Two of the greatest enemies of growth and change are arrogance and ignorance. These two extremes waste more energy than any other defensive maneuver. In fact, if we avoided both of them, growth would happen almost spontaneously and naturally. Zen Buddhists have a great proverb that illustrates this: "Face reality and effortless change will take place."
Arrogance occurs when we export (project) the responsibility for our failures and mistakes. The words that reflect this process is going on are: projection, blaming, excusing, absolving, exploring, rationalizing, mitigating, and contextualizing.
The more subtle the words and sophisticated our excuses, the more we hide the following central truth from ourselves: We have a primary role in removing the blocks to growth and change.
At the other end of the spectrum is ignorance. This occurs when we take all of the responsibility for failure in a way that results in our feeling negative about ourselves. Such self-debasement does not lead to insight, personal responsibility or true humility. Instead, it only results in feeling guilty, shameful, or seeing ourselves as failures.
Also, since behavior that we wince at turns into behavior that we wink at, such self-blame eventually burns itself out. So, we feel overwhelmed rather than empowered, discouraged rather than enlightened, and we avoid further understanding rather than delve deeper for information that will help us be freer.
Some of the ways we describe this destructive process include: self-condemnation, over-responsibility, being hypercritical of self, and having overly perfectionistic tendencies.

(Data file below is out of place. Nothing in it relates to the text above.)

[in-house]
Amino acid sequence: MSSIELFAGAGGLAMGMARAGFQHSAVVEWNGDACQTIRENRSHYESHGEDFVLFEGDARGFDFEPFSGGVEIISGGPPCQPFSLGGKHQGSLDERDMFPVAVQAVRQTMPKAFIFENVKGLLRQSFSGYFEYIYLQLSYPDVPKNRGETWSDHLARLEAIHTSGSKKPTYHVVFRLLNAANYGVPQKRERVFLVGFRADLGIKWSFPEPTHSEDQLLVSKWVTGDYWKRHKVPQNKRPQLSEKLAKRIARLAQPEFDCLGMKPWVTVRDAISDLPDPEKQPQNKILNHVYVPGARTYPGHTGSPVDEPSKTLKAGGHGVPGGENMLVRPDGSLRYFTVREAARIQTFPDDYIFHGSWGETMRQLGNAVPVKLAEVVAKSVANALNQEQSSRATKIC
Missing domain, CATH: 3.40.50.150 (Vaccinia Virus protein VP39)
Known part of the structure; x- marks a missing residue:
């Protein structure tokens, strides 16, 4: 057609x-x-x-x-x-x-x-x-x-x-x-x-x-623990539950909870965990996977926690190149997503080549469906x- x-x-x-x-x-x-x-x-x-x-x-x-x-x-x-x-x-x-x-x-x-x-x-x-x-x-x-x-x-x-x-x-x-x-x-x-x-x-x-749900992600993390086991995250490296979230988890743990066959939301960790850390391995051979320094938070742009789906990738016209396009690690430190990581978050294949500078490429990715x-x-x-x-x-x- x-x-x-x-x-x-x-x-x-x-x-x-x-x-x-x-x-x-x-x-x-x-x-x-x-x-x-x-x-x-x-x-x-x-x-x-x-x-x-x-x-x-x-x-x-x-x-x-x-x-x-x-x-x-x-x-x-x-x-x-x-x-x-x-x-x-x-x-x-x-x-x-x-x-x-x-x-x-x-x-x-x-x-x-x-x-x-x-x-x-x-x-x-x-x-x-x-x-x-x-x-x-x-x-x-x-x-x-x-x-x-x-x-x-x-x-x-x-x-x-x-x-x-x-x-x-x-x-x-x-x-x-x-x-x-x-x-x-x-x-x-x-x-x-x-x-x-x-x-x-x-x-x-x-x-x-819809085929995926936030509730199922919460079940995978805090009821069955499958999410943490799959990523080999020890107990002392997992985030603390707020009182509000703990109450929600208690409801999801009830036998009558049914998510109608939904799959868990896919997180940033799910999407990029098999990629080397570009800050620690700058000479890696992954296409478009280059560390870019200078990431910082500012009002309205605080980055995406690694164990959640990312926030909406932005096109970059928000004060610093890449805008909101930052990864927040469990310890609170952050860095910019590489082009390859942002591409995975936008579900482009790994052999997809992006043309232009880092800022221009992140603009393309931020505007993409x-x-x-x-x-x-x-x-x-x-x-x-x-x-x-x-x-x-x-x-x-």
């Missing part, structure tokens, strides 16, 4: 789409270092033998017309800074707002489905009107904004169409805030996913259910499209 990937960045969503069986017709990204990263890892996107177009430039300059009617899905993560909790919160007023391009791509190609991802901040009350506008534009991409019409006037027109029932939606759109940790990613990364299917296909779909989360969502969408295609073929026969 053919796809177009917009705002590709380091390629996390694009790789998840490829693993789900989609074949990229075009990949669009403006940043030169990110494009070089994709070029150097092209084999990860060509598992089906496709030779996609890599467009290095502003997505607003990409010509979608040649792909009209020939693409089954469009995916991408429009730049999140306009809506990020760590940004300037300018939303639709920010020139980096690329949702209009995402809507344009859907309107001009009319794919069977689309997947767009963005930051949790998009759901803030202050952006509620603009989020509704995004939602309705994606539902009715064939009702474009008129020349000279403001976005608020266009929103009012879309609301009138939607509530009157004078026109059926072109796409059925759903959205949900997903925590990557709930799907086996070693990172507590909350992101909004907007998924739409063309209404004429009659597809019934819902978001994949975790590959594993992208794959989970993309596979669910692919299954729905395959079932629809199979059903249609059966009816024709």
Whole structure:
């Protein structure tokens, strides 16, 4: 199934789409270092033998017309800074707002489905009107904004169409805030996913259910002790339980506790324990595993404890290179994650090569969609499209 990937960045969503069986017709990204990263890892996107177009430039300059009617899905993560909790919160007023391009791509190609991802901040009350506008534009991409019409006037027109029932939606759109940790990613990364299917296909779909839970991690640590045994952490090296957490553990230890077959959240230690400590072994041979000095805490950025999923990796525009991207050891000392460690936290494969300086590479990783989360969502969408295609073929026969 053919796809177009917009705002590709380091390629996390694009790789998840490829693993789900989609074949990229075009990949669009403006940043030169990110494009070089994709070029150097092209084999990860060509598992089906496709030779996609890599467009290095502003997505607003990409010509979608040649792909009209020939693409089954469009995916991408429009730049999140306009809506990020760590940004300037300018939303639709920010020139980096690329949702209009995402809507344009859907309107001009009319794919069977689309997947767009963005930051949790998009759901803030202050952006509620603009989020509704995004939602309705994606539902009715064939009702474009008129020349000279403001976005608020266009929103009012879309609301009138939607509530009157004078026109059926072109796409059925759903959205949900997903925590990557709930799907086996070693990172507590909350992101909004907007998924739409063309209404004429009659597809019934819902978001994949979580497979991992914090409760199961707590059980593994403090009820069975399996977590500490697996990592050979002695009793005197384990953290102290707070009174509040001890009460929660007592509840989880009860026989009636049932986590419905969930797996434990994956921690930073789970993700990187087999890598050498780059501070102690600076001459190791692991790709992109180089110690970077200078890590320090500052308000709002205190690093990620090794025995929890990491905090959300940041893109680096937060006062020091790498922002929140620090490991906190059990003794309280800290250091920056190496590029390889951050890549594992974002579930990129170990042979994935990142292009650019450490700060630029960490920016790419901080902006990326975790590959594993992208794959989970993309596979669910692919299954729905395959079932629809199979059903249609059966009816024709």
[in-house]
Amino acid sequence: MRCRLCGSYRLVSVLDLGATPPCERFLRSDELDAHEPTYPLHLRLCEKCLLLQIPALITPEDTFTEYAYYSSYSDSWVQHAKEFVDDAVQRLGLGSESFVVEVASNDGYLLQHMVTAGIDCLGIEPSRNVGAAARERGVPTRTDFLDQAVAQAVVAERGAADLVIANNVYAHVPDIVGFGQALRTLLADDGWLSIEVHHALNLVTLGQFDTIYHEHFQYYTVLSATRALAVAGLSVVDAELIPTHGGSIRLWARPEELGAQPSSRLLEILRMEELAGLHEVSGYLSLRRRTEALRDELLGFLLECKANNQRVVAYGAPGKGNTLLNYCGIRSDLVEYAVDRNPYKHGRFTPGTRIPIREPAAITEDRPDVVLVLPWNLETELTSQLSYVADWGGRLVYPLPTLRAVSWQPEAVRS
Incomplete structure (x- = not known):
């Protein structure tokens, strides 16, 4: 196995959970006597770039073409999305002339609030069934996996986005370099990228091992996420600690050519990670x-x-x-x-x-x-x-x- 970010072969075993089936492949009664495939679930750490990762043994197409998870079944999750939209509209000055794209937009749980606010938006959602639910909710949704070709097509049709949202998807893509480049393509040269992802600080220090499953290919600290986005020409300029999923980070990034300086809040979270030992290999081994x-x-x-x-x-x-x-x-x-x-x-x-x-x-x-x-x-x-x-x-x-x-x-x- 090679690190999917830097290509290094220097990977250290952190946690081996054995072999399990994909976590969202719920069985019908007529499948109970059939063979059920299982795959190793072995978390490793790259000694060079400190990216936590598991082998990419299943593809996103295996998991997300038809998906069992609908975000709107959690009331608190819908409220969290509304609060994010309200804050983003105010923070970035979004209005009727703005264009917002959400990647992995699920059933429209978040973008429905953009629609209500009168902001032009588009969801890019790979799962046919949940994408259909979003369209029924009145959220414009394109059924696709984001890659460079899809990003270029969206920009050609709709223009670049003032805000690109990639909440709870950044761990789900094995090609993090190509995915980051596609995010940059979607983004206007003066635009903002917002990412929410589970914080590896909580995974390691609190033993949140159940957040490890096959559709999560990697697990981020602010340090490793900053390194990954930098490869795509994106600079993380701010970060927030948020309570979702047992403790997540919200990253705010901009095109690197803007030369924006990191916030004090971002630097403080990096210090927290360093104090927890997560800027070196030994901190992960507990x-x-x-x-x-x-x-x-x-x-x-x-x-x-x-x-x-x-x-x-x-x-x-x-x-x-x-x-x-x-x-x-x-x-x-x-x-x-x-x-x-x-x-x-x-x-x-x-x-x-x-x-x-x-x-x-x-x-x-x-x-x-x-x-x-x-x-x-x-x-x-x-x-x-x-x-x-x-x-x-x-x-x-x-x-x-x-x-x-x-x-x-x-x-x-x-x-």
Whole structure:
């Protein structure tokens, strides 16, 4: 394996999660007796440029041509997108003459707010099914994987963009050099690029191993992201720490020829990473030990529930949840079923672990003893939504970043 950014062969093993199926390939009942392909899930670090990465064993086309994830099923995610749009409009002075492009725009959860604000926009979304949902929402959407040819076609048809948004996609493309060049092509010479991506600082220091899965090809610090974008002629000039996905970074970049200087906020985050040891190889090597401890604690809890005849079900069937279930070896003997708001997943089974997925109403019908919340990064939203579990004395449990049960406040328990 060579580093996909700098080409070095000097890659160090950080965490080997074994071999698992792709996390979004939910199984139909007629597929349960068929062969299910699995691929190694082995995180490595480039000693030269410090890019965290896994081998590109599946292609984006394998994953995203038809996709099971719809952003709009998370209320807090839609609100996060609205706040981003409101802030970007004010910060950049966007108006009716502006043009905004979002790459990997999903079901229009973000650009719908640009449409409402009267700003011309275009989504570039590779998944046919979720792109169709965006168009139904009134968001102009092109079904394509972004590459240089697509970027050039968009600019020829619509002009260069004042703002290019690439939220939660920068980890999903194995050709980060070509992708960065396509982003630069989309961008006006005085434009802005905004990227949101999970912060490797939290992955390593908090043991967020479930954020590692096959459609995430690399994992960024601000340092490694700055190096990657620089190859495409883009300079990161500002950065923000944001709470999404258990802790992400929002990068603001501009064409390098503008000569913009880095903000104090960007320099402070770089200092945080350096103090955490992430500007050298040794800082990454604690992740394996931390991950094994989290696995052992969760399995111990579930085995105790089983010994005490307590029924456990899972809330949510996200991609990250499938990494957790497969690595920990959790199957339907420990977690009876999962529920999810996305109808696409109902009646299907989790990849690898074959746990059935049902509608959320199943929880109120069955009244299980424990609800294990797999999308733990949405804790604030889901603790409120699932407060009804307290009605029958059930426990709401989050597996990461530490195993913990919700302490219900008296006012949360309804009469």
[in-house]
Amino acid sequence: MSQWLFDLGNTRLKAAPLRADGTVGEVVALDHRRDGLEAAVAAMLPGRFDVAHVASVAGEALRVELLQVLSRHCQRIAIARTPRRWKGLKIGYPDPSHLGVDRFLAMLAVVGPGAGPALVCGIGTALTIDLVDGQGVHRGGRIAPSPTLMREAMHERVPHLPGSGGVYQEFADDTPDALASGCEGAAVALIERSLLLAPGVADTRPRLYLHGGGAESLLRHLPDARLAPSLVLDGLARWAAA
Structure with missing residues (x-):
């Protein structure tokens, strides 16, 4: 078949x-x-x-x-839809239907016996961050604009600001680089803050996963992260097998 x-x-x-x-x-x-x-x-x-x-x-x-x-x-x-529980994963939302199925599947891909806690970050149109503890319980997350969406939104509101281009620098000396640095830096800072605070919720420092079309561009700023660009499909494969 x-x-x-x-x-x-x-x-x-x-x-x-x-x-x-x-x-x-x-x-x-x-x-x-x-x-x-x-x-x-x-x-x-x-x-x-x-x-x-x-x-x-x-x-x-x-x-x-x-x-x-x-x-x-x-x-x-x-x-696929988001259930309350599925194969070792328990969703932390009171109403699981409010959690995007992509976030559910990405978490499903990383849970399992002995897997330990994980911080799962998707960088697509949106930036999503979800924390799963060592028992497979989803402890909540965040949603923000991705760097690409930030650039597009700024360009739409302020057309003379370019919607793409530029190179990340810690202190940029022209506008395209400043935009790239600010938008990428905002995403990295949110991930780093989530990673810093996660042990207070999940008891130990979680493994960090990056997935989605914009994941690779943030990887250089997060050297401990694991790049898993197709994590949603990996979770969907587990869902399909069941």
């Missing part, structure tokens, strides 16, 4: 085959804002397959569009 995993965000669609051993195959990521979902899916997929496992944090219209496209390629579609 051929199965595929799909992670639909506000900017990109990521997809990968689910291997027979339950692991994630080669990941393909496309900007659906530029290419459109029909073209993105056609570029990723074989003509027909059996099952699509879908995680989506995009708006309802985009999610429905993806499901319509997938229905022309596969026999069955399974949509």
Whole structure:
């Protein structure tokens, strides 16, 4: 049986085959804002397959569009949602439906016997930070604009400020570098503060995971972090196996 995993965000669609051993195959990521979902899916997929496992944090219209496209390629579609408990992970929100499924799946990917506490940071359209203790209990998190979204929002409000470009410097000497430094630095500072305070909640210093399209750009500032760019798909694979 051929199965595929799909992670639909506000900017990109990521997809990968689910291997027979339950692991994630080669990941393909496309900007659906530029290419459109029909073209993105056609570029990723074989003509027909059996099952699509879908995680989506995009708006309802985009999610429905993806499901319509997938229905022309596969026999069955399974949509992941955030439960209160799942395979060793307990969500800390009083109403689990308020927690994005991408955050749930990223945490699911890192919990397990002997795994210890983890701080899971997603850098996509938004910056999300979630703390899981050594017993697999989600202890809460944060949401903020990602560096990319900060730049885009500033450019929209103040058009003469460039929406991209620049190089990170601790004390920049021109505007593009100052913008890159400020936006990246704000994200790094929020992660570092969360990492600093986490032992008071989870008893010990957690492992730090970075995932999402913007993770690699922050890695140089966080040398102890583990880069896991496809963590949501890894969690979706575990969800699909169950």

As a positive alternative, therapists encourage their patients to be intrigued by their behavior, emotions, thoughts, and beliefs. They want them to be detectives who explore the mystery of the self. Spiritual guides offer the same encouragement. Buddhists, for instance, recommend that people watch themselves objectively-neither condemning nor excusing so they can see their own grasping tendencies and the problematic results such attitudes cause.
Mentors of all sorts often tease people to get them to realize how overly serious they are about their mistakes. In response to people condemning themselves, the comment may be: "I don't think anyone in the world has ever made such a creative mistake before!" Breaking up the tension to understand the dynamics, rather than being involved in ruminations, is an essential part of intrigue.
Furthermore, at the other end of the spectrum, projection of blame onto others is discouraged as well: "If the source of the problem resides fully in the world outside of us, then we will have to change everyone else for it to improve. Quite a job for us!"
When we give away the blame, we also give away the power to change. But if we neutrally look at our own role with a sense of intrigue, not self-condemnation, we can increase the power that is within us. This takes practice. Accordingly, I suggest people go through several steps to encourage intrigue:
•Anytime you have a strong feeling about something, immediately act as if it is someone else experiencing the feeling
•Observe any temptation to blame others or condemn yourself
•Be a detective who is awed by the subtle temptations to be arrogant or ignorant and get intrigued about the process of uncovering the mystery of the real cause of the problem.
Robert J. Wicks received his doctorate in psychology from Hahnemann Medical College, is on the faculty of Loyola University Maryland, and the author of BOUNCE: Living the Resilient Life (Oxford University Press), RIDING THE DRAGON (Sorin Books) and a new book on spiritual mindfulness entitled PRAYERFULNESS (Sorin Books).